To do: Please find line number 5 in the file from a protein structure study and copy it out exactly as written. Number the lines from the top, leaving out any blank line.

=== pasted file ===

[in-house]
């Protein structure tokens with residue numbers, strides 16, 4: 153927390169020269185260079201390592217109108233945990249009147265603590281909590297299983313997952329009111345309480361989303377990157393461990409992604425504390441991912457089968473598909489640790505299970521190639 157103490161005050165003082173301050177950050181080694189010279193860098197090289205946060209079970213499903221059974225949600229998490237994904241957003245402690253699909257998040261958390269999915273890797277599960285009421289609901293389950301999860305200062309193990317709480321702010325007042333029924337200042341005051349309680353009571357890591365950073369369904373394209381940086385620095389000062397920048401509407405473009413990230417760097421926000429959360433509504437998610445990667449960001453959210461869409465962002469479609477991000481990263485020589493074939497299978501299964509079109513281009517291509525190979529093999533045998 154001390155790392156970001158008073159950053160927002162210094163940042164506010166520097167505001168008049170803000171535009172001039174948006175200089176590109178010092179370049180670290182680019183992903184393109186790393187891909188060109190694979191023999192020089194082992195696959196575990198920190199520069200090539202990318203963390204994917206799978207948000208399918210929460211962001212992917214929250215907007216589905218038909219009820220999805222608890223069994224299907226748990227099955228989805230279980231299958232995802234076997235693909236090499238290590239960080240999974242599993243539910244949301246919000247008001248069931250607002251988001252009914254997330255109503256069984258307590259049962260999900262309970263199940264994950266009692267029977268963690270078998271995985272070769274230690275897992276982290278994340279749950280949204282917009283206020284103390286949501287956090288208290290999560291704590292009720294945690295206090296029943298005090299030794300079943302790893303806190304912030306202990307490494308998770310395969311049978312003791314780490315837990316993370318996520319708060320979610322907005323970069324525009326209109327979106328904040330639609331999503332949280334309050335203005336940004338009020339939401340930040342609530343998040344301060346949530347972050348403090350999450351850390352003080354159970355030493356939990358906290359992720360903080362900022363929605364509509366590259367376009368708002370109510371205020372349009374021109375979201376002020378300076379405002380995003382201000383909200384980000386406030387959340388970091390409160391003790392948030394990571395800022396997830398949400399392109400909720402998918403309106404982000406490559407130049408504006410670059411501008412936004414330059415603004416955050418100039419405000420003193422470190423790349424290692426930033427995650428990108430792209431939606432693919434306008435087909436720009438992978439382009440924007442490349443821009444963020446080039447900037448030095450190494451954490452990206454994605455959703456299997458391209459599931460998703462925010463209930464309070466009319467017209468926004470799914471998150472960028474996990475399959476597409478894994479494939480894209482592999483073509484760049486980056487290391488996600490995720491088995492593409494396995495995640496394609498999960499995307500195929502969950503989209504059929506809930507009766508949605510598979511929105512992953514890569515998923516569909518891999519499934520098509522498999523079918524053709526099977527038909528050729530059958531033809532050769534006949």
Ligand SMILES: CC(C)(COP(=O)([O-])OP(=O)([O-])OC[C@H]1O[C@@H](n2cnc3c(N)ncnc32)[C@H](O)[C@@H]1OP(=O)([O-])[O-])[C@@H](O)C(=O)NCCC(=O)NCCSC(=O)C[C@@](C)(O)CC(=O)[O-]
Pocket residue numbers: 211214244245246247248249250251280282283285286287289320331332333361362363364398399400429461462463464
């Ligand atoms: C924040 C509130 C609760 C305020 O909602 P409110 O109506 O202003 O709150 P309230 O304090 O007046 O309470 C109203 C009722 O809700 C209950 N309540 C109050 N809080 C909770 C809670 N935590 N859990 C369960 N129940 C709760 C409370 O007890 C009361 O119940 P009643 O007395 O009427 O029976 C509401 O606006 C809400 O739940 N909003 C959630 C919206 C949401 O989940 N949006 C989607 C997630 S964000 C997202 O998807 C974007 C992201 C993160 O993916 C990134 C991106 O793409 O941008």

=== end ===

């Ligand atoms: C924040 C509130 C609760 C305020 O909602 P409110 O109506 O202003 O709150 P309230 O304090 O007046 O309470 C109203 C009722 O809700 C209950 N309540 C109050 N809080 C909770 C809670 N935590 N859990 C369960 N129940 C709760 C409370 O007890 C009361 O119940 P009643 O007395 O009427 O029976 C509401 O606006 C809400 O739940 N909003 C959630 C919206 C949401 O989940 N949006 C989607 C997630 S964000 C997202 O998807 C974007 C992201 C993160 O993916 C990134 C991106 O793409 O941008």